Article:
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Chia Checklist

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Have you made your chia checklist yet? If not, you’ll want to take note of what chia seeds provide for you!

For starters, gram per gram, chia seeds contain:

  • eight times more omega-3s than salmon.
  • six times more calcium than milk.
  • three times more iron than spinach.
  • fifteen times more magnesium than broccoli.
  • two times more fiber than bran flakes.
  • six times more protein than kidney beans—and chia seeds offer a complete protein.
  • four times more phosphorous than whole milk.

Chia also provides the body with vitamins A, B, E and D and other nutrients beyond the aforementioned calcium, iron, magnesium and phosphorous. Additionally, chia provides boron, copper, molybdenum, niacin, potassium, silicon, sulphur, thiamine and zinc. You might also be interested to know that the trace minerals magnesium and boron in chia seeds help the body to absorb and utilize the calcium content in chia seeds.

What’s more is that the healthy omega-3 fats in chia seeds—including alpha linolenic acid (ALA), the only known essential omega-3 fatty acid the body can’t produce on its own—help the body to absorb fat-soluble vitamins A, D and E, while supporting cellular, cardiovascular and reproductive health, among other areas.

Chia seeds also boast antioxidant power, which protect the body against damaging free radicals. In fact, chia seeds’ high antioxidant content gives them a shelf life of over two years.

And then there’s chia seeds’ ability to provide long-lasting energy—in a pretty remarkable way. Here’s how it works: when mixed with water, chia forms a gel, which scientists also believe occurs in the stomach to slow down the conversion of carbohydrates to sugar. In so doing, the body then has a constant stream of energy instead of a spike in energy followed by an energy crash.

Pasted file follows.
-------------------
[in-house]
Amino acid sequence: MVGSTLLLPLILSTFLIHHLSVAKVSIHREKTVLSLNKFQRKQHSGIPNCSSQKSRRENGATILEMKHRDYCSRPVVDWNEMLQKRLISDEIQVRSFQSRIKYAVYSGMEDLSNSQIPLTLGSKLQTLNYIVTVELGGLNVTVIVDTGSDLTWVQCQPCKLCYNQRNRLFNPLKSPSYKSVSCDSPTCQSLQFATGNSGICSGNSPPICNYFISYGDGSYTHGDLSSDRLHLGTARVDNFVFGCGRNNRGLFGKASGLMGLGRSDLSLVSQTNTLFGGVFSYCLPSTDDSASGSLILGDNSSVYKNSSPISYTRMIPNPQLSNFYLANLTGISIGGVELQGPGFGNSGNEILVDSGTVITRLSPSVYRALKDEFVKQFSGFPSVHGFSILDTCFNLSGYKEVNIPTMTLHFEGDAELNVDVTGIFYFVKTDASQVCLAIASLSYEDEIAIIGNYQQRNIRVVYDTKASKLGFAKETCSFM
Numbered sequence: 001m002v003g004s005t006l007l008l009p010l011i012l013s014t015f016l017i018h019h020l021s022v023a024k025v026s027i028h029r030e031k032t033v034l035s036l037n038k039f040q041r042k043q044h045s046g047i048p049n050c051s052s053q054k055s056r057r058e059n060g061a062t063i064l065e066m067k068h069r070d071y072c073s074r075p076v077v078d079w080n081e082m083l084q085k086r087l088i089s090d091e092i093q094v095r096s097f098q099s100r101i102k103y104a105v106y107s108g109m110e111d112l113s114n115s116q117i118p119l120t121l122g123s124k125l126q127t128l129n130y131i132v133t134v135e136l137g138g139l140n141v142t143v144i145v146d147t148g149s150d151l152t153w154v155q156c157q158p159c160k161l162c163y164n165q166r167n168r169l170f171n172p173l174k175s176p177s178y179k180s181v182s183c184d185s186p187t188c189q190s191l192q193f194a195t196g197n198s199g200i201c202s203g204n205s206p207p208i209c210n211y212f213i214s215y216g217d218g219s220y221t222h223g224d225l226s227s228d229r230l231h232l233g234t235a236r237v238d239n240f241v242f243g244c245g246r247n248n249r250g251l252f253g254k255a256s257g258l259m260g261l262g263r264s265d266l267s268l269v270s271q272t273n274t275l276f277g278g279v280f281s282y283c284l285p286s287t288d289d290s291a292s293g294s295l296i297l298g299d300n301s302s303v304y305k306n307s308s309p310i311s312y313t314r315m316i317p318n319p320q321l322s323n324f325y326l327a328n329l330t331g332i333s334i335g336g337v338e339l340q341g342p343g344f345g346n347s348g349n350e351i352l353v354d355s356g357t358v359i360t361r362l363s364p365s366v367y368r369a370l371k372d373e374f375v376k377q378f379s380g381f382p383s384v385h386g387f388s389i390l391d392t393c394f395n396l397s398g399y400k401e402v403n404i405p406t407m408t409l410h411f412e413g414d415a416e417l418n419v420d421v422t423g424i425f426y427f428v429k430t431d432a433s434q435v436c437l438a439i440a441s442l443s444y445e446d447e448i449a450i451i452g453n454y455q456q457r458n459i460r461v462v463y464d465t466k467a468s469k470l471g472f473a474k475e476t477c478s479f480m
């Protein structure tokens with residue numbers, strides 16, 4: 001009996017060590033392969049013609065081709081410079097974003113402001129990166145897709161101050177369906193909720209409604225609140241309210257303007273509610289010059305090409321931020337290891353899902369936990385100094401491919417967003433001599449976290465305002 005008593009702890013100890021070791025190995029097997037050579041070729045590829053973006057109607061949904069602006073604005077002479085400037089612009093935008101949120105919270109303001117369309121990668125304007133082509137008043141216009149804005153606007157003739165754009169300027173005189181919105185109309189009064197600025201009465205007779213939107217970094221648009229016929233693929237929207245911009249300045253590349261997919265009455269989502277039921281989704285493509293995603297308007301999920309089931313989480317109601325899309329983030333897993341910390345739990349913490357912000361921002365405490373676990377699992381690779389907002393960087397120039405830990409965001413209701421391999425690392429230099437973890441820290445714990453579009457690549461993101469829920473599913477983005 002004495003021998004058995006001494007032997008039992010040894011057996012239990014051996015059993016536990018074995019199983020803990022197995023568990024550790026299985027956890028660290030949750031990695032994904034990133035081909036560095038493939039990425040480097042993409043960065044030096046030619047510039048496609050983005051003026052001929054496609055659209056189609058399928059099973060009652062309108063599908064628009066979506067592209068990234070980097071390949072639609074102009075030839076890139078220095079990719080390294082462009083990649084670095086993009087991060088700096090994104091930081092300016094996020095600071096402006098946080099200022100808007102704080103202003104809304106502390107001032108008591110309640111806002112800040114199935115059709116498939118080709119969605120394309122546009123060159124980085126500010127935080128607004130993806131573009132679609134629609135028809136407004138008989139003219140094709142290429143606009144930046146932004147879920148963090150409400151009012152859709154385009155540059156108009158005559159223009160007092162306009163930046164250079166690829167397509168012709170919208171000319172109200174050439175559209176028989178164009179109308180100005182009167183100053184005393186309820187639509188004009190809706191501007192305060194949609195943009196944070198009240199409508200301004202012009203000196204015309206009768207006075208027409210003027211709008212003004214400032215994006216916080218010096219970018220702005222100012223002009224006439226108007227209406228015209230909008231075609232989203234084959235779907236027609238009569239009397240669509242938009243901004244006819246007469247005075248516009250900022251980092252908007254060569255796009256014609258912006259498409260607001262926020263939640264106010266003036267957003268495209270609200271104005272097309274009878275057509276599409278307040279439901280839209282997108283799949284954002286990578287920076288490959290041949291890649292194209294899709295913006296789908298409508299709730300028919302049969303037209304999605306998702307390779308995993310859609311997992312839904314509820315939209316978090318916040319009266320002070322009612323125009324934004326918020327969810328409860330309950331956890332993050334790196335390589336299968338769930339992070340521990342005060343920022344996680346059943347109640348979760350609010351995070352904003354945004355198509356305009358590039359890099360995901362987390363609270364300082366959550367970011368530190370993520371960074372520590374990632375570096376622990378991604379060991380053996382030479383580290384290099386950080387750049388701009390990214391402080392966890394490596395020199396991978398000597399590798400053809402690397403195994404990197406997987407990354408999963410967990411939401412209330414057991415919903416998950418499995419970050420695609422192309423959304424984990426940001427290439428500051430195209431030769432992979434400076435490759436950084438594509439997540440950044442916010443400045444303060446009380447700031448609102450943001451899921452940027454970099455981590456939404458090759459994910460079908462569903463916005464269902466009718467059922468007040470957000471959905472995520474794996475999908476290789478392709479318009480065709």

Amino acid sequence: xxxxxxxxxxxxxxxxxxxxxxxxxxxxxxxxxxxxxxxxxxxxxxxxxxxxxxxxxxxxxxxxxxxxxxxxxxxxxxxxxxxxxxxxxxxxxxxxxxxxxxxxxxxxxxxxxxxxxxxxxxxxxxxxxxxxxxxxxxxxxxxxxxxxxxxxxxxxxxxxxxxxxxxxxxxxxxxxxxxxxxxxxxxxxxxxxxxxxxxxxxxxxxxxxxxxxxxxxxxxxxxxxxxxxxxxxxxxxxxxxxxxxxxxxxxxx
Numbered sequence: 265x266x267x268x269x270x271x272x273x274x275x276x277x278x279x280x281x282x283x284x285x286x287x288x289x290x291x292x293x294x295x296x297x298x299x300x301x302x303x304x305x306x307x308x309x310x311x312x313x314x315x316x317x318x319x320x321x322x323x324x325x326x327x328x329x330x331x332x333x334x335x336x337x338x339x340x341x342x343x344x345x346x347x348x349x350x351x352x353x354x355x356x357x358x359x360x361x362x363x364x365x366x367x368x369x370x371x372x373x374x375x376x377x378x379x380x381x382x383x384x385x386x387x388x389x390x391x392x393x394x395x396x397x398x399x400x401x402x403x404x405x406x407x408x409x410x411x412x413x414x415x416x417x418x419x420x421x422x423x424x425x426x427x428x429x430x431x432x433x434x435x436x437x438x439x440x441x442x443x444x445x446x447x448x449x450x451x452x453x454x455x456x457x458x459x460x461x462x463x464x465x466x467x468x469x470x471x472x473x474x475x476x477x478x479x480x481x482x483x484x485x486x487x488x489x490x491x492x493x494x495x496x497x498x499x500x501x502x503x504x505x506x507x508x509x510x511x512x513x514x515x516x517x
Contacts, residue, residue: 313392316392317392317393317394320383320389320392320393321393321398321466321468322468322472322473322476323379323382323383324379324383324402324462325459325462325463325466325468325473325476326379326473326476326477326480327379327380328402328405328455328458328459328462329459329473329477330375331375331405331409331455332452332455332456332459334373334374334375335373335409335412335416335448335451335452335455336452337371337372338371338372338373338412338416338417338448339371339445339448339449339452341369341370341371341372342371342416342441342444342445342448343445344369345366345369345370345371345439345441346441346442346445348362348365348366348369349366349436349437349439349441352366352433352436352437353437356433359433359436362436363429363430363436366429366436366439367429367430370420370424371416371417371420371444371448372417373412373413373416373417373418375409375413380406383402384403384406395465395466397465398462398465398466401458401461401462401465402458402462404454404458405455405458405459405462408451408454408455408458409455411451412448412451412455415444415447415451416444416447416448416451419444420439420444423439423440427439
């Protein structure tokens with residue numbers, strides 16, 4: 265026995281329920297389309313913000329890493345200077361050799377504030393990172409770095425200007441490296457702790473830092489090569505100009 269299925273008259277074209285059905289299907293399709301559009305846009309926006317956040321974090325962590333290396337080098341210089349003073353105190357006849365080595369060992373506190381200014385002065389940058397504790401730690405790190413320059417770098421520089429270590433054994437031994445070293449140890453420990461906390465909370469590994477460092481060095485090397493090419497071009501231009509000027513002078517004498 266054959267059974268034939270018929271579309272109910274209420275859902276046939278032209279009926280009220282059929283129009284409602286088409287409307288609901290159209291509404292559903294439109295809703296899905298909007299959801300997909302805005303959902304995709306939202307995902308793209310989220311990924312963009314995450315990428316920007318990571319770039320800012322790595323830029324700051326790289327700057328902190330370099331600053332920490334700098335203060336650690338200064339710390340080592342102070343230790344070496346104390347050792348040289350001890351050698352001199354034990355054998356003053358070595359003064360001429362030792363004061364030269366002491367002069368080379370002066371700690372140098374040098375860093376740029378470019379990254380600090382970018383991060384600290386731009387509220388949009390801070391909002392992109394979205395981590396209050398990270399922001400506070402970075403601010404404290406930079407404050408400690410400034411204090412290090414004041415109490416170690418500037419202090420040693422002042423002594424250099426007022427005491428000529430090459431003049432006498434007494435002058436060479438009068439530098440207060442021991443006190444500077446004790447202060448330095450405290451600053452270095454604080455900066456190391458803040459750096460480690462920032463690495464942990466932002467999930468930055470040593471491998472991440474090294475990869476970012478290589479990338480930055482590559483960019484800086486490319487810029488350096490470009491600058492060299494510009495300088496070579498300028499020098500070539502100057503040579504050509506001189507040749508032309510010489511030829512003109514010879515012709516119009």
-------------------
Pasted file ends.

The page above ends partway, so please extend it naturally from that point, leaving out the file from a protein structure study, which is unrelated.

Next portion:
That same gel-forming, swelling action from chia seeds also helps to cleanse and soothe the colon, while supporting digestion and absorbing and removing toxins.

Now for a partial checklist on how you can add more chia seeds to your diet. You can:

  • make your own chia gel by placing 1/3 cup chia seeds into an airtight container and then adding 2 cups of pure water and whisking briskly. Let the mixture stand for 5 to 10 minutes, then whisk again prior to placing the mixture in the refrigerator. The mixture will soon turn to a gel and will last in your refrigerator for up to three weeks. You can use this gel as a substitute for half the butter content in most recipes or add it to hot cereals or puddings. You can also use it in smoothies, yogurt and even to create a healthy jelly or jam.
  • sprinkle ground or whole chia seeds on your salad, yogurt or cereal.
  • grind chia seeds into your favorite healthy flour and add it to your homemade baked goods.
  • use it as an egg replacement by adding a tablespoon of ground chia with three tablespoons of water, per egg in recipes.
  • use it as a breading for fish or chicken by mixing with gluten-free flour and seasoning.

One more thing to add to the chia checklist: make sure your chia seeds are USDA Certified Organic.



This information is intended for educational and informational purposes only. It should not be used in place of an individual consultation or examination or replace the advice of your health care professional and should not be relied upon to determine diagnosis or course of treatment.

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